I quite often got taxis e.g. from Serra dos Tucanos to REGUA (70 reals, about £17), Itatiaia village to Hotel Donati (25), Rio bus station to Botafogo (25) and Botafogo to the airport (31). On most of these journeys there are buses which would be cheaper but perhaps more hassle. Incidentally, contra some of the guide books, there seem to be public buses running from Itatiaia village to the hotels within the park so if you want to stay at the cheaper places in the village then you should be able to get high up into the park fairly cheaply and easily.

People and language

Away from tourist areas like Rio and Ilha Grande, not many people speak much English, although in practice this didn't create many problems for me because I was with people who spoke both English and Portuguese. I used the Lonely Planet Brazilian Portuguese phrase book, which is fairly good and helpful with pronunciation.

People are basically really friendly and helpful. You normally get greeted when meeting people out on trails, which isn't something you get in some parts of the world. I faced no security difficulties and never felt in danger from anyone. You'd still be wise to use common sense and keep valuables out of sight in city areas though. Nobody much seemed to be talking about football, after Brazil's world cup failure.


Brazil is pretty good value and the whole trip cost me less than £2000. I reckon I could have done it a bit cheaper if I'd stayed in less comfortable accommodation but an advantage of staying at lodges like REGUA or Serra dos Tucanos is that everything is included in your bill so you don't really need any cash. If you have a credit card or Visa debit card you should be able to use at least some ATMs but probably not all, even if they have Visa signs on them. The Banco do Brasil ATMs at the airport eventually worked for me and some of the ATMs in Rio rodoviaria worked. If you're near a reasonably sized town you should be able to get cash somewhere, although it may take time to sort out.

I'll post daily summaries of birding, with a few photos, over coming weeks. I didn't take that many bird pictures (was too busy looking at them!) but got a few nice ones, as well as some landscapes.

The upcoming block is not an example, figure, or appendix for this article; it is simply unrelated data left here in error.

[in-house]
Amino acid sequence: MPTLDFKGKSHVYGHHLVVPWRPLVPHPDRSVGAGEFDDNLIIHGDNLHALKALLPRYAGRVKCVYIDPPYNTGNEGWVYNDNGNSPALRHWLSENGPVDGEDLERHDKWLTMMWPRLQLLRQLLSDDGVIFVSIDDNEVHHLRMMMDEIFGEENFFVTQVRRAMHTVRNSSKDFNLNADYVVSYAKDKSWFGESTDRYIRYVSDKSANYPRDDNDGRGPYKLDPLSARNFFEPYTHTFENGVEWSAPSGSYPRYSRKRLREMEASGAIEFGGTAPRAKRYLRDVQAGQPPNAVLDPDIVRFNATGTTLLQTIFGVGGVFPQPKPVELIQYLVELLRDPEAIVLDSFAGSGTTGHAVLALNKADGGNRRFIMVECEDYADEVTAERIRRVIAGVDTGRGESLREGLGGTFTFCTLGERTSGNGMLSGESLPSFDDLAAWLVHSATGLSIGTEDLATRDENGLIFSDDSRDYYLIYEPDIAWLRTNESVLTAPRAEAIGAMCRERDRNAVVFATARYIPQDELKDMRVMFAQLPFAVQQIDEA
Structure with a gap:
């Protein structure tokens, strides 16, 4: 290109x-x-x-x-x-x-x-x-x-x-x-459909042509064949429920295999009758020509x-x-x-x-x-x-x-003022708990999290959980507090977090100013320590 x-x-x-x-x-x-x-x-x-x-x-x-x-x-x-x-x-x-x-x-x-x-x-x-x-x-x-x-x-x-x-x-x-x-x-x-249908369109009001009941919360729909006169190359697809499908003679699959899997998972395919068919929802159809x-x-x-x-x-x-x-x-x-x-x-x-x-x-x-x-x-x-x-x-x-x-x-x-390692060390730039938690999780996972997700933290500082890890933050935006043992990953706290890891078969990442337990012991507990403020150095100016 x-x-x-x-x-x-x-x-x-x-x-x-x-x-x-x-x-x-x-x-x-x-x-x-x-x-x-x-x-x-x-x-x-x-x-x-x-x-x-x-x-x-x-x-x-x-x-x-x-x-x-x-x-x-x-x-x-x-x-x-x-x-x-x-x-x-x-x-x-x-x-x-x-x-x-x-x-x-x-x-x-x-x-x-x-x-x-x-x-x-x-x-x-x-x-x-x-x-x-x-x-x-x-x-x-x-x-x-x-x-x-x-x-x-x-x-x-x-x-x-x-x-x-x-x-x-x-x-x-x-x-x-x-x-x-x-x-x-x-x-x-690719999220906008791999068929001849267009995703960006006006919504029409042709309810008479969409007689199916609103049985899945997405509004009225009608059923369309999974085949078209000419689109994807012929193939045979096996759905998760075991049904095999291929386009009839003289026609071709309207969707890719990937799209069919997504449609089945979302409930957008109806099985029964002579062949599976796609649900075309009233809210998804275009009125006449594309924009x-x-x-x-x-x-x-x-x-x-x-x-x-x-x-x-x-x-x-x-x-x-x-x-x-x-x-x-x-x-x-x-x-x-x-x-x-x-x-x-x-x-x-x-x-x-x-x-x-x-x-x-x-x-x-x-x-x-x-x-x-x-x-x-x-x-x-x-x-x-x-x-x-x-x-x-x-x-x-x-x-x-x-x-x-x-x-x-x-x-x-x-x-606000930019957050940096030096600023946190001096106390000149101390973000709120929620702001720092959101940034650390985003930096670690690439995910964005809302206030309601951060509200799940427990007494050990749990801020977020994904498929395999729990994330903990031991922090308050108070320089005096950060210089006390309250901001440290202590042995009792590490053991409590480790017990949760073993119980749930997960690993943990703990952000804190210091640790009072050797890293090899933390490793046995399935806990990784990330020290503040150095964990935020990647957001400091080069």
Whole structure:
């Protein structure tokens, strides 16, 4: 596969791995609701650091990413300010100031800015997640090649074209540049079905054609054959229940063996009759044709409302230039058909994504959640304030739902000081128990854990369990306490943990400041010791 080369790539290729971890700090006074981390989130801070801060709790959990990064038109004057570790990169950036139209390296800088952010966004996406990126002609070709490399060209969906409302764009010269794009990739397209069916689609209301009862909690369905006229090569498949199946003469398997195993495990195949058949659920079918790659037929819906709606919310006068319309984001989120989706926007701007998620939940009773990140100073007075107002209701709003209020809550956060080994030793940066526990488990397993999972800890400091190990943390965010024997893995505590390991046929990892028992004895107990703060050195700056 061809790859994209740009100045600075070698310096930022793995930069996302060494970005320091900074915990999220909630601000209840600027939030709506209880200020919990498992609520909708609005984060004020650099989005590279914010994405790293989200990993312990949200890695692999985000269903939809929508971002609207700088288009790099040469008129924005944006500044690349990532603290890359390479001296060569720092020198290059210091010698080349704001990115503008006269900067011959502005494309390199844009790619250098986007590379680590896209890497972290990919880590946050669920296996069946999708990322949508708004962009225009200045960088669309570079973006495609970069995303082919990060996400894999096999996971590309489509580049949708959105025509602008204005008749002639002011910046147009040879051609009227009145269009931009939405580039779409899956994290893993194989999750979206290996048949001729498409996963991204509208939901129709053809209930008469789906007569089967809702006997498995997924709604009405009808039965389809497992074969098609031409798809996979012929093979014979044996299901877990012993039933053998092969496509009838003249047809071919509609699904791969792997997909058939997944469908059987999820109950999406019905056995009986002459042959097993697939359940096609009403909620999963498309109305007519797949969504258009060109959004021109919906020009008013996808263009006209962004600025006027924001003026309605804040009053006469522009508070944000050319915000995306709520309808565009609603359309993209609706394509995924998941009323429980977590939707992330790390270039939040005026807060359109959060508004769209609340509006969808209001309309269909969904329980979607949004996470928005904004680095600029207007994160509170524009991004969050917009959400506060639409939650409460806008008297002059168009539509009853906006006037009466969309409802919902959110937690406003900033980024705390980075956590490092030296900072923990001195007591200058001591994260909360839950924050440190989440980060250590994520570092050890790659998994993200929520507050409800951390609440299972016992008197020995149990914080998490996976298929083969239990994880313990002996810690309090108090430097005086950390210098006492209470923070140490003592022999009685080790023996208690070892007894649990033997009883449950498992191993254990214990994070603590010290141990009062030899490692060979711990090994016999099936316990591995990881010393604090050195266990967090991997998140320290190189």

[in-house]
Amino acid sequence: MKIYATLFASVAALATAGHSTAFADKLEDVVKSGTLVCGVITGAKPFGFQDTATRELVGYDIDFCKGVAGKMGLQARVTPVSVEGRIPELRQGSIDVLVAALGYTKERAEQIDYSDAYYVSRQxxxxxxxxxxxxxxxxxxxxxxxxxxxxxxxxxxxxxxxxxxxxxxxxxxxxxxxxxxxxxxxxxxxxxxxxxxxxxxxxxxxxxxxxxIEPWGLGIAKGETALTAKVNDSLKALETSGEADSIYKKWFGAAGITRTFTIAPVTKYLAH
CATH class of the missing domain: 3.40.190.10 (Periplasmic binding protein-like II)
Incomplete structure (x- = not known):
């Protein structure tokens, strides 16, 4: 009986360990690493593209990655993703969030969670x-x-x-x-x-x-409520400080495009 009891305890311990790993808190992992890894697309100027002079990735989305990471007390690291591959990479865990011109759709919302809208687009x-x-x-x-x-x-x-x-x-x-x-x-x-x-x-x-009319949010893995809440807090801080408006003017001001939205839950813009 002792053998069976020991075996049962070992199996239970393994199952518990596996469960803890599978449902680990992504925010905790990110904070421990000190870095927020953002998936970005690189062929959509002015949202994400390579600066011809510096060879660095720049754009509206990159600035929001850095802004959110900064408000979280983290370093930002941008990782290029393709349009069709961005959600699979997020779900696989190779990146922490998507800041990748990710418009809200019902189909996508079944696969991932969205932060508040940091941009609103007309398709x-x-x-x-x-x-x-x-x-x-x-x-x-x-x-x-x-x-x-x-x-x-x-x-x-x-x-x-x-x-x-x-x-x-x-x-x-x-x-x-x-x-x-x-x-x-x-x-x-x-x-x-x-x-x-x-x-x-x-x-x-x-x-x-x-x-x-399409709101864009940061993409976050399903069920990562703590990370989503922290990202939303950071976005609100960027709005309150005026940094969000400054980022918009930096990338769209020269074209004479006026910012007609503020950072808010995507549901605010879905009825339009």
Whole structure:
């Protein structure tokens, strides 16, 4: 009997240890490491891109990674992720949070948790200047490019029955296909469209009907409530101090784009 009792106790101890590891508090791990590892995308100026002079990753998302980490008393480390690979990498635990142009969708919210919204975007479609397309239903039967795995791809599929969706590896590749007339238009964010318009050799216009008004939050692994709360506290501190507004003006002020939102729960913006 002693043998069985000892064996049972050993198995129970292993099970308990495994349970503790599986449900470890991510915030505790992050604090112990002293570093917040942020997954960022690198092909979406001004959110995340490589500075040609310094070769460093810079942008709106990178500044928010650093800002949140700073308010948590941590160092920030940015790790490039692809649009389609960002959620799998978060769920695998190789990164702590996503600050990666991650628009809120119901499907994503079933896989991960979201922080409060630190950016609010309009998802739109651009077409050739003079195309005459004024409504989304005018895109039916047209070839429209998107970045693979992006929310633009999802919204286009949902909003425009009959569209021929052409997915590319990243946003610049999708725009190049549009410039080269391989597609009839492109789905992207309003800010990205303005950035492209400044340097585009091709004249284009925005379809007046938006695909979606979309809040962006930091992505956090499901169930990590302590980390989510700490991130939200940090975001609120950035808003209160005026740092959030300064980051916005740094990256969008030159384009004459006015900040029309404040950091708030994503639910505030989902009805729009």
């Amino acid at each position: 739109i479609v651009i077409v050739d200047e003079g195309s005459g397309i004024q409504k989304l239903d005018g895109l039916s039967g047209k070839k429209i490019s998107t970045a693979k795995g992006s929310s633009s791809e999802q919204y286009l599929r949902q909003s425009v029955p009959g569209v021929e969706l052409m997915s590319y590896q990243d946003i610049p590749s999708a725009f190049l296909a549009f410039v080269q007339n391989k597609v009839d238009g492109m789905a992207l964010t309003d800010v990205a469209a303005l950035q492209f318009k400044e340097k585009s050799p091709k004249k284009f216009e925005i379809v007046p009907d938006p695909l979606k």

Sounds like a great trip you had Andrew. I'm looking forward to reading all about it.

Day One: 12th July

After arriving early in the morning at Rio airport, waiting ages to go through immigration and then trying and eventually succeeding in getting money from a cash machine I was on my way to Serra dos Tucanos. The two hour journey took me through the northern part of Rio - not the best bit, I think it's fair to say - and then north through mostly agricultural areas.

Arriving for the first time on a continent and then travelling to accommodation is always a somewhat fraught experience for a birder. Almost every bird is likely to be new and I had plenty of 'oh, that looked interesting - no idea what it was' moments. But I did manage to identify a few species, some of which were actually fairly familiar - the flocks of Great, Snowy and Cattle Egrets and the ominous looking Black Vultures that seemed to be perched on every lamp-post. My first new bird was the slender looking Neotropical Cormorant, many of which were along the shore in Rio, and I was soon seeing flocks of Magnificent Frigatebirds drifting on the thermals above the harbour and small squadrons of Brown Boobies sailing past the long causway that runs across the inlet lying adjacent to the city. On the way north, Southern Lapwing was noticed in a field and I figured out that most of the hirundines I was seeing were the very smart Blue-and-white Swallows. Approaching Cachoeiras de Macacu I could see tall mountains in the distance and as soon I was through the town the road began to take me into some beautiful rainforest along a steep-sided valley. After a few kilometres I arrived at Serra dos Tucanos and was soon shown to my room by Cristina.

Something I had often imagined before my trip was that first experience of proper birding in South America - hopefully seeing lots of remarkable new birds almost instantly. So it proved, with me looking out onto the hummingbird and banana feeders in the garden of the lodge and seeing an ever changing selection of tanagers and hummers. At the hummingbird feeders, as they almost always were, were Sombre Hummingbirds - each one guarding a set of feeders with great vigilence. Trying to get past these sentries were the more colourful Violet-capped Woodnymphs - perhaps the most widespread hummer of the trip - and a few Bananaquits. The tanagers tucking into the bananas that are put out every morning included the luminous Green-headed and jet black Ruby-crowned Tanagers. Three species of euphonia - Violaceous, Orange-bellied and Chestnut-bellied - were also in attendance. Best of all were the stunningly coloured (and named) Blue-naped Chlorophonias. Periodically, the feeders would be invaded by parties of Plain Parakeets - much more impressive than their name suggests being a beautiful leaf green colour with a subtle blue tone on the flight feathers. On the lawn a pair of smart Masked Water Tyrants hopped about, looking rather like Wheatears despite being unrelated.